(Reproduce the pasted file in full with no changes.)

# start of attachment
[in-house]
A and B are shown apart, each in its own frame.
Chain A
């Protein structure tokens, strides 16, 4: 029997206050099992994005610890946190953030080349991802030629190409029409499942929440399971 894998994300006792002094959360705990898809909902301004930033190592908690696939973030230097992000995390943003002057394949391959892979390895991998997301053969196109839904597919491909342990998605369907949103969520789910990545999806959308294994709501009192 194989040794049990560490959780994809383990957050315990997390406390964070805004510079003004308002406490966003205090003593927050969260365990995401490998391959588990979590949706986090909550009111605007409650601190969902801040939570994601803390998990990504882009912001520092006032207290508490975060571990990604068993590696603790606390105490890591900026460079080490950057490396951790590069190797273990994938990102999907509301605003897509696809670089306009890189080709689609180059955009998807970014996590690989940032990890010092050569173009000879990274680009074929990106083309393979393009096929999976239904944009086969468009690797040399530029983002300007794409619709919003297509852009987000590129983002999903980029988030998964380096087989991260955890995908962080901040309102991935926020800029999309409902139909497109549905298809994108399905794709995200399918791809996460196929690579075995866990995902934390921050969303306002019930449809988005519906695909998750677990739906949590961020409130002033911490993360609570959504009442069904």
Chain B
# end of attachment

[in-house]
A and B are shown apart, each in its own frame.
Chain A
């Protein structure tokens, strides 16, 4: 029997206050099992994005610890946190953030080349991802030629190409029409499942929440399971 894998994300006792002094959360705990898809909902301004930033190592908690696939973030230097992000995390943003002057394949391959892979390895991998997301053969196109839904597919491909342990998605369907949103969520789910990545999806959308294994709501009192 194989040794049990560490959780994809383990957050315990997390406390964070805004510079003004308002406490966003205090003593927050969260365990995401490998391959588990979590949706986090909550009111605007409650601190969902801040939570994601803390998990990504882009912001520092006032207290508490975060571990990604068993590696603790606390105490890591900026460079080490950057490396951790590069190797273990994938990102999907509301605003897509696809670089306009890189080709689609180059955009998807970014996590690989940032990890010092050569173009000879990274680009074929990106083309393979393009096929999976239904944009086969468009690797040399530029983002300007794409619709919003297509852009987000590129983002999903980029988030998964380096087989991260955890995908962080901040309102991935926020800029999309409902139909497109549905298809994108399905794709995200399918791809996460196929690579075995866990995902934390921050969303306002019930449809988005519906695909998750677990739906949590961020409130002033911490993360609570959504009442069904």
Chain B